What cognitive processes underlie event-related
brain potential (ERP) effects related to visual multidimensional
selective attention and how are these processes organized?
We recorded ERPs when participants attended to one conjunction
of color, global shape and local shape and ignored other
conjunctions of these attributes in three discriminability
conditions. Attending to color and shape produced three
ERP effects: frontal selection positivity (FSP), central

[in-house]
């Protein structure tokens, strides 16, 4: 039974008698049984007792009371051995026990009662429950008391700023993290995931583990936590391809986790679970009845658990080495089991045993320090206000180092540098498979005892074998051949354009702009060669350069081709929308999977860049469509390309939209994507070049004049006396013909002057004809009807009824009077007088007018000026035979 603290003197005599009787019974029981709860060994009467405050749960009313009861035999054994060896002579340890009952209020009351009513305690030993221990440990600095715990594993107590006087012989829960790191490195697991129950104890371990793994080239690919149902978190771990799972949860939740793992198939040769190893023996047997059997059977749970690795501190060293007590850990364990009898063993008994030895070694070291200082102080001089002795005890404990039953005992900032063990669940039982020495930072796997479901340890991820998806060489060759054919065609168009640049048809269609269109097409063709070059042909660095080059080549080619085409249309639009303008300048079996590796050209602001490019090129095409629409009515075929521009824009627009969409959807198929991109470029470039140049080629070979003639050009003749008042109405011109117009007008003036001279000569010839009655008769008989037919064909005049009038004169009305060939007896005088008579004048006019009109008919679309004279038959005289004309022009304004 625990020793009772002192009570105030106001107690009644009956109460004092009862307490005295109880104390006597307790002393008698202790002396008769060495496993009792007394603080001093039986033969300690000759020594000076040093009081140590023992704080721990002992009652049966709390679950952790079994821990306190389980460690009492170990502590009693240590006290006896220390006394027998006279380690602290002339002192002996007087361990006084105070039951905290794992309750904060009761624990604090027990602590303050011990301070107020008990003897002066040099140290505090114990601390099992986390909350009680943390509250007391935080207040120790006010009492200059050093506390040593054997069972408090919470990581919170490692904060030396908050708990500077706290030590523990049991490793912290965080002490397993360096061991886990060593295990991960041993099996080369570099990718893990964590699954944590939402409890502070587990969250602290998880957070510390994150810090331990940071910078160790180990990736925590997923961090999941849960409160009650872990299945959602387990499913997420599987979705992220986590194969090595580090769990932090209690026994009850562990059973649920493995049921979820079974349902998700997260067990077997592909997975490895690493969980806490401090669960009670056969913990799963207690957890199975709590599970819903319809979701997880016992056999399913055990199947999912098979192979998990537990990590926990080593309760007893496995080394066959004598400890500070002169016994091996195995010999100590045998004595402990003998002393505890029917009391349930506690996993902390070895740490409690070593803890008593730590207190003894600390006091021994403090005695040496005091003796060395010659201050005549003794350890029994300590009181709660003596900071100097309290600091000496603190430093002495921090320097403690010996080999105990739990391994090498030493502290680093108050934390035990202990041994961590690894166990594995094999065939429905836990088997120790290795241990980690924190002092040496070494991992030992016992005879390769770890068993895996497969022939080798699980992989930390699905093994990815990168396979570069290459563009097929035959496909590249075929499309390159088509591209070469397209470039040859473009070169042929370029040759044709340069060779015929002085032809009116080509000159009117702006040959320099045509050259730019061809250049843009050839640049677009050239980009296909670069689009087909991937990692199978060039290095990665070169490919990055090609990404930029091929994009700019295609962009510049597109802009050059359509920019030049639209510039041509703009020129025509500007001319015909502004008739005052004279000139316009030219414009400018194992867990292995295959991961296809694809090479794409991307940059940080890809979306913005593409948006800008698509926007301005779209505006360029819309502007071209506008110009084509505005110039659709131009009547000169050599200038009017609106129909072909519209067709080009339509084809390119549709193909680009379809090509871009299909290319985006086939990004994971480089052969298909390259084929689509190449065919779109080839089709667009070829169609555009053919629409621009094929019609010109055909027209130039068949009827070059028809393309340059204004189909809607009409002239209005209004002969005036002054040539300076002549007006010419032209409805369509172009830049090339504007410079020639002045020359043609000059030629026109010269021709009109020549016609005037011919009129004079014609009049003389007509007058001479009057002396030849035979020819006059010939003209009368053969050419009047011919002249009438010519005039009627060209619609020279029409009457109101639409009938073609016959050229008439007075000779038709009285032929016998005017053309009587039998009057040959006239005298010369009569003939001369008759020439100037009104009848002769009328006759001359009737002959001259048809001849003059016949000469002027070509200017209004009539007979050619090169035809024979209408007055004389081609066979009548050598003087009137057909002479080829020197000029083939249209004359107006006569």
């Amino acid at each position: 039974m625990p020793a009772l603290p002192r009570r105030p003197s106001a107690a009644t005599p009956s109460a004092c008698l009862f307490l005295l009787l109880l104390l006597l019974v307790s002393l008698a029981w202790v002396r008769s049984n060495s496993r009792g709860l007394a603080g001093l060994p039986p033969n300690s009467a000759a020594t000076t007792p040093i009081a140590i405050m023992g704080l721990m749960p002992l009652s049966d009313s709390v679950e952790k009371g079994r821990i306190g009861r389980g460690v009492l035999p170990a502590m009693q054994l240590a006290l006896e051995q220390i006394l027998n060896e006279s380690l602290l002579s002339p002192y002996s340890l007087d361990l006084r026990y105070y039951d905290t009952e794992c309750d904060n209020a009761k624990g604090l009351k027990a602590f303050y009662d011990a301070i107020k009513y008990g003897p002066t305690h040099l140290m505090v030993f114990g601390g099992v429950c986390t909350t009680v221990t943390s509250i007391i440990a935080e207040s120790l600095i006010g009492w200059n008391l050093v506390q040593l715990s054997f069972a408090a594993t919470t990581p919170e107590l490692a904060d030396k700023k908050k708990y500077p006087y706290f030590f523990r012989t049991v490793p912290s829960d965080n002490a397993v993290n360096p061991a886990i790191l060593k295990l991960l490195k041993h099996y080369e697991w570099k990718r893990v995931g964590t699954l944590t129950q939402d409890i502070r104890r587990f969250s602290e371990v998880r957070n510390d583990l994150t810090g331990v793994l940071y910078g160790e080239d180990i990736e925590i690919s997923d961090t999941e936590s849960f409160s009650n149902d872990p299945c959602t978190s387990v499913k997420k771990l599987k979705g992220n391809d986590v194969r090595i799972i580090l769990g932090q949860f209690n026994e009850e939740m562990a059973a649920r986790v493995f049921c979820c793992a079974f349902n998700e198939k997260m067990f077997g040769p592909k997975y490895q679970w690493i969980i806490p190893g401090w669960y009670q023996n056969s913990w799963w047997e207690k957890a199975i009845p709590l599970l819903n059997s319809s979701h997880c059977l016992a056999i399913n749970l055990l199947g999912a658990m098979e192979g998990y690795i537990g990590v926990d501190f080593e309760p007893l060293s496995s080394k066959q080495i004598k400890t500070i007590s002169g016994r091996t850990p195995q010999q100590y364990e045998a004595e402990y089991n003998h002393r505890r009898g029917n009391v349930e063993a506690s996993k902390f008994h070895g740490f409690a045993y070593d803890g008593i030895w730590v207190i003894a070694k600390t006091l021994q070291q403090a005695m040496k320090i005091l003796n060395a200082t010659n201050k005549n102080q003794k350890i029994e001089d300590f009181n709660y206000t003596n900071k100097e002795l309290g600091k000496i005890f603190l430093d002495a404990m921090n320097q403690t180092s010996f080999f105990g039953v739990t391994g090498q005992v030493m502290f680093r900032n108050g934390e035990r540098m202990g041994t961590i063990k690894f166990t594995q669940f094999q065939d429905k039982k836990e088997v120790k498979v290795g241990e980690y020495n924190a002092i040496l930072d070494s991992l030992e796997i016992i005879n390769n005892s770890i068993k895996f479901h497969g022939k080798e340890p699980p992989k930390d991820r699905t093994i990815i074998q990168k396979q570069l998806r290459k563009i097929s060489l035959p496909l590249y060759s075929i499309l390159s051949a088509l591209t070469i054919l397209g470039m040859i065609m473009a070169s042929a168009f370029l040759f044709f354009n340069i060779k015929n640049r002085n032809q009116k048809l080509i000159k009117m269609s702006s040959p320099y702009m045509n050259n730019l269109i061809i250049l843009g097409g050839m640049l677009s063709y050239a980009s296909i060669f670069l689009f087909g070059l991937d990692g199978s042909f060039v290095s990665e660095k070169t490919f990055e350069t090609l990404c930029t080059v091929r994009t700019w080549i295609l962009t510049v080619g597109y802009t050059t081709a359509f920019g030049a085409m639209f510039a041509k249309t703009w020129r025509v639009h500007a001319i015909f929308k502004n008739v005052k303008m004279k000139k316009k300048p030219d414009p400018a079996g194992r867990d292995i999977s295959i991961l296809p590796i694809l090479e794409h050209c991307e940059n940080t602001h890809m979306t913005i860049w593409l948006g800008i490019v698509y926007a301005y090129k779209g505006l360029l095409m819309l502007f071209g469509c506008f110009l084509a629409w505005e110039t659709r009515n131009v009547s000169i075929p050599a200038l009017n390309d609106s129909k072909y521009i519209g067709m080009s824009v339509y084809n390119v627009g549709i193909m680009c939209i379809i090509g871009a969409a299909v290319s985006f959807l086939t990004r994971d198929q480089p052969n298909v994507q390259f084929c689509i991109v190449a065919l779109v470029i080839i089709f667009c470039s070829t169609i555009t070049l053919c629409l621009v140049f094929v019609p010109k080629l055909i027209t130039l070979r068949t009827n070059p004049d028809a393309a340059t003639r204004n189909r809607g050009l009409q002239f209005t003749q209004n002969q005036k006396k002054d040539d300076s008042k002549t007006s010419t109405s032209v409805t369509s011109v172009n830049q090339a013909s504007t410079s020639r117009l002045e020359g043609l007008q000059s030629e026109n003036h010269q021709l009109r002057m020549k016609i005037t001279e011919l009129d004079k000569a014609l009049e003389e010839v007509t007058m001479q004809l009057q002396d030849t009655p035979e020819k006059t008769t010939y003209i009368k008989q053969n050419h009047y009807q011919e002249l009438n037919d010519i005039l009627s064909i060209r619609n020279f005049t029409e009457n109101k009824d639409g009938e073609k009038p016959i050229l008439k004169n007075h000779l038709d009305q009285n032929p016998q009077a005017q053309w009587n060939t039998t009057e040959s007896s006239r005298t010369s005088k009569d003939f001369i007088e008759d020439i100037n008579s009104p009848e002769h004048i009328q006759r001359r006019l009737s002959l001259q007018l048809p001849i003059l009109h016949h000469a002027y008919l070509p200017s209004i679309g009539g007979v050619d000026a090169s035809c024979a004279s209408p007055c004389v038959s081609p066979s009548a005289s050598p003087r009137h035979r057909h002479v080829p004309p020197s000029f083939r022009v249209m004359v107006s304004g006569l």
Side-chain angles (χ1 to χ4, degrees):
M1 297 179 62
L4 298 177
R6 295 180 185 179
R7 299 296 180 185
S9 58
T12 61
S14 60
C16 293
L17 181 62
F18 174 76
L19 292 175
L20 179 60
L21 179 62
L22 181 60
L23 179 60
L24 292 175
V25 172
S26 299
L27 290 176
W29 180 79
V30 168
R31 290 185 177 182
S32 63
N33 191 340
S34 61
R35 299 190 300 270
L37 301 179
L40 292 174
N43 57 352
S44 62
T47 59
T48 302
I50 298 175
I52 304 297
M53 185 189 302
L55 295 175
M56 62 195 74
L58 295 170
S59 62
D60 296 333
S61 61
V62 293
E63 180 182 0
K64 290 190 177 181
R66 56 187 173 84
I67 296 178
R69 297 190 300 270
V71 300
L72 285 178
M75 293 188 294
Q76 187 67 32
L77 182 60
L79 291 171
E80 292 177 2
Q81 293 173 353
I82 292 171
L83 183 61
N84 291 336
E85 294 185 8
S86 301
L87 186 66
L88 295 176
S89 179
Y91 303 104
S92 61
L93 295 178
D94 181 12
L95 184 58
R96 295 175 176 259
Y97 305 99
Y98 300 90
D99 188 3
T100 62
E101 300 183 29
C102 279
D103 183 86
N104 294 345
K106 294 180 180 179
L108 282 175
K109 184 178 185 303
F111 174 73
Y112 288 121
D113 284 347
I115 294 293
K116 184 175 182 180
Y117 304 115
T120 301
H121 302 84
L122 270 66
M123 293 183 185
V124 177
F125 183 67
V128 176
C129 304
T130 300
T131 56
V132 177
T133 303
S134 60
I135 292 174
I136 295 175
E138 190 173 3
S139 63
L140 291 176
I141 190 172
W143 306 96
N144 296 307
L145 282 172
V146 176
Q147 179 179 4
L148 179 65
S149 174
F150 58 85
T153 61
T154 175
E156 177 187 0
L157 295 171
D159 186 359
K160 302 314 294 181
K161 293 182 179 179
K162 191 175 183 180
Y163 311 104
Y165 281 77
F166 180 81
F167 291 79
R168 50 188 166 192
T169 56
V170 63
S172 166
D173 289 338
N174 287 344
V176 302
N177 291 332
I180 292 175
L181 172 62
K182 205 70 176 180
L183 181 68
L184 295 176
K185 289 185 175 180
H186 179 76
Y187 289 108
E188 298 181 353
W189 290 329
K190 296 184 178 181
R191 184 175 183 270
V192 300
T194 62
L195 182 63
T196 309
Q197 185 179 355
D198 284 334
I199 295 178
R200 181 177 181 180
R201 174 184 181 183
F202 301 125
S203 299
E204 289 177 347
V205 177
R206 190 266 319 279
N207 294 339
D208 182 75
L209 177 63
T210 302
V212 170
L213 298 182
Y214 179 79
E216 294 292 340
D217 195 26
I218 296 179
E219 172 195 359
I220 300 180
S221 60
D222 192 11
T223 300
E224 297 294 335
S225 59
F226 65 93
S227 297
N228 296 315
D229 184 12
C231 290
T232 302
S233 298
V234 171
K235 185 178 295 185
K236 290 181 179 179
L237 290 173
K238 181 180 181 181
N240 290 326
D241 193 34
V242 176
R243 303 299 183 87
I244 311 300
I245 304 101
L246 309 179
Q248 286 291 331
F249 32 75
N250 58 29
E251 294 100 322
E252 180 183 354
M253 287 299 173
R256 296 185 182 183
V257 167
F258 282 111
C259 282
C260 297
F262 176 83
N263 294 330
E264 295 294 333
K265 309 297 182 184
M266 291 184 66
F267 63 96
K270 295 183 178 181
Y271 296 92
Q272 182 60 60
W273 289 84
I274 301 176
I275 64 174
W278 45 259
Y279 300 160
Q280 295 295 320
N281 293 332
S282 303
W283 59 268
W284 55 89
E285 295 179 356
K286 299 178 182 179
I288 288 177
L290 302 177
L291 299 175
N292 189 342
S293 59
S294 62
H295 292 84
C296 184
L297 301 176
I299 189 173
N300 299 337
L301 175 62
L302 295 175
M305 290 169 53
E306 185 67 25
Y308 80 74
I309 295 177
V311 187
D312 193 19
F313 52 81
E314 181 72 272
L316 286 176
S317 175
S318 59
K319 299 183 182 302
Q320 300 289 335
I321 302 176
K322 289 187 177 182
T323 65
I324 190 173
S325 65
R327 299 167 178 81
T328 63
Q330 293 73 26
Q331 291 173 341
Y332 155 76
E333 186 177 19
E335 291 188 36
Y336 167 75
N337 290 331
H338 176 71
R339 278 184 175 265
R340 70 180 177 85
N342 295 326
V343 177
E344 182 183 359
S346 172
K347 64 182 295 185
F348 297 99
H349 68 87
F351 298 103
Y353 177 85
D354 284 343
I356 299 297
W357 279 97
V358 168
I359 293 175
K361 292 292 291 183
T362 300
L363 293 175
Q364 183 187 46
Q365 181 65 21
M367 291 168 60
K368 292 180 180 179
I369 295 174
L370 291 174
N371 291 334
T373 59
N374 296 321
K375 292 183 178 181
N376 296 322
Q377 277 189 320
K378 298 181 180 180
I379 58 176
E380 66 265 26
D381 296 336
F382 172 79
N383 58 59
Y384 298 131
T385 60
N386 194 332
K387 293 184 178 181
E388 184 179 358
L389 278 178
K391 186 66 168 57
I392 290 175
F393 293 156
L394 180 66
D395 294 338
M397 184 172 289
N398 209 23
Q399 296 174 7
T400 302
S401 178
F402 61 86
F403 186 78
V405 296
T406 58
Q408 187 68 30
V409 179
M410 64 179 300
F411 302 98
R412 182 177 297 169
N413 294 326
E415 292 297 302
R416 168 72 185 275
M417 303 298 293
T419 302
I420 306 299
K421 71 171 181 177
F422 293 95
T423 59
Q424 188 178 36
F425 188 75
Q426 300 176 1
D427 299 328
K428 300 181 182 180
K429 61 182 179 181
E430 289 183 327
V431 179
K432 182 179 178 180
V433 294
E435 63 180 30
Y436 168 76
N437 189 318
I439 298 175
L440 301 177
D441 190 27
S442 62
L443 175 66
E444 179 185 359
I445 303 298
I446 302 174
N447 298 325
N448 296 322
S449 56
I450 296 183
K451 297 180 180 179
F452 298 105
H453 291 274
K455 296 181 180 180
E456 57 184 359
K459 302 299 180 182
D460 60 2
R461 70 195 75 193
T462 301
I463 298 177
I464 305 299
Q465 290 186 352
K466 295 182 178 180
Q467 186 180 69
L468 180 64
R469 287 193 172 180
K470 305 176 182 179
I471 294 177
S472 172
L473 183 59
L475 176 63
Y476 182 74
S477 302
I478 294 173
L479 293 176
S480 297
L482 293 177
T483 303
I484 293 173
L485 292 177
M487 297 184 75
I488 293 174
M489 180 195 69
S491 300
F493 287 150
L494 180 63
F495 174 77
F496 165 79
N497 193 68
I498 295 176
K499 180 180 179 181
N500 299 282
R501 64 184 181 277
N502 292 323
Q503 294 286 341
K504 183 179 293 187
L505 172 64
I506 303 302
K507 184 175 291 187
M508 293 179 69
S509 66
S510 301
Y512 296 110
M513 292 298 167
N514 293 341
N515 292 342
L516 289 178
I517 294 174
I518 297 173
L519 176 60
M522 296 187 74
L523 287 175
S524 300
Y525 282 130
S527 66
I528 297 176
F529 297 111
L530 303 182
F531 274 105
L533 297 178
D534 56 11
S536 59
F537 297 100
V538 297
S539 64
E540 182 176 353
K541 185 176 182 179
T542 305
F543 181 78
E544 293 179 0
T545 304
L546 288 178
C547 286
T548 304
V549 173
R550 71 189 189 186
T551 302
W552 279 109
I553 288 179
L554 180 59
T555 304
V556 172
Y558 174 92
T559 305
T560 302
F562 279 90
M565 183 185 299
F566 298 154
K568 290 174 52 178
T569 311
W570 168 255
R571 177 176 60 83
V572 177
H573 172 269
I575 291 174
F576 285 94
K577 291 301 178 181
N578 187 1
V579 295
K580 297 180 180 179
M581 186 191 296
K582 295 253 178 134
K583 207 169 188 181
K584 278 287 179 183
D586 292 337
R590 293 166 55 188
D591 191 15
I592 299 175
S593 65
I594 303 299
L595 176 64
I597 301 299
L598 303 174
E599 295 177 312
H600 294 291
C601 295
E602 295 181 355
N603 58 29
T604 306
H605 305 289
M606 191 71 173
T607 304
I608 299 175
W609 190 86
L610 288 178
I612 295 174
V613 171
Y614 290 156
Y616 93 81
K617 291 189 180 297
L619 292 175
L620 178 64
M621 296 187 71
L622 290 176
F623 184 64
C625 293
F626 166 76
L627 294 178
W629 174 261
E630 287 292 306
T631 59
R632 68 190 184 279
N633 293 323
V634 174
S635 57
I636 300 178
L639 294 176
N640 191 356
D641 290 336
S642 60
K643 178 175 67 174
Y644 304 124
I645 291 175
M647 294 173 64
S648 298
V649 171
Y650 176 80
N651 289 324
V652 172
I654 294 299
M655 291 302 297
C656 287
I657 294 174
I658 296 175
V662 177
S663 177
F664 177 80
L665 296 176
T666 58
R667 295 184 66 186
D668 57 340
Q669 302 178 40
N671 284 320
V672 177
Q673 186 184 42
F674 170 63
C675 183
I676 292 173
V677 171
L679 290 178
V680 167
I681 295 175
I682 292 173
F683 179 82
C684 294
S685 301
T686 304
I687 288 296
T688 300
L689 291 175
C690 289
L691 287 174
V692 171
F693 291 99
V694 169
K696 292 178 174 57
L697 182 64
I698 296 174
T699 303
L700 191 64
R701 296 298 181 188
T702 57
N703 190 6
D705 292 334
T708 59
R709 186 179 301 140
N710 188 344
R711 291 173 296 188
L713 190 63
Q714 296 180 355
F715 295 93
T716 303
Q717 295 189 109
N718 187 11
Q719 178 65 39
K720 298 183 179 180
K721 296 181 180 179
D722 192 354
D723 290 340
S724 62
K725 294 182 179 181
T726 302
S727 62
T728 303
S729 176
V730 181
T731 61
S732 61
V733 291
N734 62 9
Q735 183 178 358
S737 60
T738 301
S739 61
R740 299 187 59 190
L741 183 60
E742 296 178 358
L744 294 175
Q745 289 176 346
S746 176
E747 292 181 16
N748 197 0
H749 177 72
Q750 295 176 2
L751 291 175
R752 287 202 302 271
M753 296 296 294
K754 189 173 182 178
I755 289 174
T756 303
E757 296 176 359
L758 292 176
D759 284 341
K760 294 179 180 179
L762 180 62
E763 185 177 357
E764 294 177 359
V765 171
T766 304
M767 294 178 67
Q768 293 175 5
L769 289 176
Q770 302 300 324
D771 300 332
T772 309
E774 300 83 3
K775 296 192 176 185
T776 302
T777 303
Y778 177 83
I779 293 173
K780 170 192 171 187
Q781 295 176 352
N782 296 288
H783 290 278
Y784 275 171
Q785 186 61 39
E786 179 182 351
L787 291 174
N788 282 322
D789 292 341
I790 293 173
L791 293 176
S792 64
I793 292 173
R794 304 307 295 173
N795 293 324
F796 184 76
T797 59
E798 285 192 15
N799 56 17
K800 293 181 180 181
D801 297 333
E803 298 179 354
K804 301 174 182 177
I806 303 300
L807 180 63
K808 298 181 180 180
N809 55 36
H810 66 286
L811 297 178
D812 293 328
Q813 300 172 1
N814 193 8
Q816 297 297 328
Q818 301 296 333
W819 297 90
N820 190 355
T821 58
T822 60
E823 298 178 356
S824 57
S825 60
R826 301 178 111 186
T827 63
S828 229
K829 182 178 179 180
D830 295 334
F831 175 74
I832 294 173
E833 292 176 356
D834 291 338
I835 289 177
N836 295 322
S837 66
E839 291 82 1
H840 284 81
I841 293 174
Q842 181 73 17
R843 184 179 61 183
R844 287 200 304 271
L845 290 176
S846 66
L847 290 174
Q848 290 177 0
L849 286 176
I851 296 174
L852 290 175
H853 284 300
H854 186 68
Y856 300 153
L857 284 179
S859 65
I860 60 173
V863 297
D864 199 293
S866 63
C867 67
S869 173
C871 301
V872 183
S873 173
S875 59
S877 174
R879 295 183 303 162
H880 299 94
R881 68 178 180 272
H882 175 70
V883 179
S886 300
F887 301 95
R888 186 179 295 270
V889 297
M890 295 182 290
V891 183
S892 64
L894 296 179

negativity (N2b), and posterior selection negativity (SN).
The results suggested that the processes underlying SN
and N2b perform independent within-dimension selections,
whereas the process underlying the FSP performs hierarchical
between-dimension selections. At posterior electrodes,
manipulation of discriminability changed the ERPs to the
relevant but not to the irrelevant stimuli, suggesting
that the SN does not concern the selection process itself
but rather a cognitive process initiated after selection
is finished. Other findings suggested that selection of
multiple visual attributes occurs in parallel.